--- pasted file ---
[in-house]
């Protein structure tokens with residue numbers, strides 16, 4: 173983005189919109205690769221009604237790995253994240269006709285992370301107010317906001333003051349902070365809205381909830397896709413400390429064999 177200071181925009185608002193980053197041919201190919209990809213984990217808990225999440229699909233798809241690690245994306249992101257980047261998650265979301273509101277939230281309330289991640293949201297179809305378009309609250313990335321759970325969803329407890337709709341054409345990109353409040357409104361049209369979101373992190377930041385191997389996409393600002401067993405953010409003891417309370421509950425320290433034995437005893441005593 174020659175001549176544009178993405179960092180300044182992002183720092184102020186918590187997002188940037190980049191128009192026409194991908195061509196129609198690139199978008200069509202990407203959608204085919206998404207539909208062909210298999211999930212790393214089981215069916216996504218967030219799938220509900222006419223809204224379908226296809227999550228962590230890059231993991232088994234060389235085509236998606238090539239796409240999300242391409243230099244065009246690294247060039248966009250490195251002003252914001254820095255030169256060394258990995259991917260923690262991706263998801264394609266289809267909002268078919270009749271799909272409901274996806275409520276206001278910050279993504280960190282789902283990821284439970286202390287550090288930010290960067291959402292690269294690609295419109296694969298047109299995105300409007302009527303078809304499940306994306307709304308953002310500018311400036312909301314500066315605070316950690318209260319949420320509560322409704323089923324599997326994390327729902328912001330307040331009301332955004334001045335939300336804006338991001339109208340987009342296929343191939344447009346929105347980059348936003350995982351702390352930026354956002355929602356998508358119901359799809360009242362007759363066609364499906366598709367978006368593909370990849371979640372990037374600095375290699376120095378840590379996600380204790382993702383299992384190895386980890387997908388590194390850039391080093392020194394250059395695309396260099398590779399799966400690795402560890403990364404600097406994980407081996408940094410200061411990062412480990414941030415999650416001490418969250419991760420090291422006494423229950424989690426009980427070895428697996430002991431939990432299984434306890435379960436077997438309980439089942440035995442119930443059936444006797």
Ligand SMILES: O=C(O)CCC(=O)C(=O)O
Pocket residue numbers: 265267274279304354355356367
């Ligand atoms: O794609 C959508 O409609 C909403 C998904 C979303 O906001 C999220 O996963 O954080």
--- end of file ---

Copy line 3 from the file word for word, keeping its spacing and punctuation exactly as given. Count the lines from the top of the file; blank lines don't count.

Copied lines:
Ligand SMILES: O=C(O)CCC(=O)C(=O)O